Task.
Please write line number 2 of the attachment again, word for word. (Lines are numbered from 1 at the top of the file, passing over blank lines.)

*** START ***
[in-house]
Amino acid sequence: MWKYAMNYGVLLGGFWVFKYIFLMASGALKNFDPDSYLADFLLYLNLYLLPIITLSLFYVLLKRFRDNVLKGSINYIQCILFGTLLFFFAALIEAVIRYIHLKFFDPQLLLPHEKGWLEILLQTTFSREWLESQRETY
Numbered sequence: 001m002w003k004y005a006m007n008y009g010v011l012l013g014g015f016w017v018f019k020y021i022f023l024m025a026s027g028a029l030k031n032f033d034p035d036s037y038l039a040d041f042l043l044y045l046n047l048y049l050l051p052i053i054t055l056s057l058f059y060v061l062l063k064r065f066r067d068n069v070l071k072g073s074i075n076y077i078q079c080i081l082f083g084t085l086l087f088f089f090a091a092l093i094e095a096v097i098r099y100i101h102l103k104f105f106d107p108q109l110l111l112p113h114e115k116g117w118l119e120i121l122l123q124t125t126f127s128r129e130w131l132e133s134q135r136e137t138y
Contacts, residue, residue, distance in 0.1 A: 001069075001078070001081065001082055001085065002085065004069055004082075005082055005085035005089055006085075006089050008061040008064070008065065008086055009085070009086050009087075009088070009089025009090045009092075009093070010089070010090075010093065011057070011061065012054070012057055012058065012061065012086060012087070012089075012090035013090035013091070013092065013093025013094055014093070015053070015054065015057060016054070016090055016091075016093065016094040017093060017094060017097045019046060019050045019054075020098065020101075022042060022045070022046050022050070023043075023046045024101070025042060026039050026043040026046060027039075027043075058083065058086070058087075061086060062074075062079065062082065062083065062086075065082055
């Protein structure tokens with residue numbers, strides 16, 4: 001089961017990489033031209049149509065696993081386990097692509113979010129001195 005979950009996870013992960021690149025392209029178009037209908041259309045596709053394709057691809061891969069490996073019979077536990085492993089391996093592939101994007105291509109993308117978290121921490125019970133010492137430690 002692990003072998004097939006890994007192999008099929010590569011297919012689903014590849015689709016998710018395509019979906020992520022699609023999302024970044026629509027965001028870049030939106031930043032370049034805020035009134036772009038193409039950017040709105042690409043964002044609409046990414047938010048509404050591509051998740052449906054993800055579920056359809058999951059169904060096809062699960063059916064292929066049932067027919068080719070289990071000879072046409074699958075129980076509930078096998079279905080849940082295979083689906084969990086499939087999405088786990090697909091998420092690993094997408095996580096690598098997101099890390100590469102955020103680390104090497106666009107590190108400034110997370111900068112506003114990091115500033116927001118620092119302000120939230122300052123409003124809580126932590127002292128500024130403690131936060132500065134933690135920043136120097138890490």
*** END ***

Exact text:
Amino acid sequence: MWKYAMNYGVLLGGFWVFKYIFLMASGALKNFDPDSYLADFLLYLNLYLLPIITLSLFYVLLKRFRDNVLKGSINYIQCILFGTLLFFFAALIEAVIRYIHLKFFDPQLLLPHEKGWLEILLQTTFSREWLESQRETY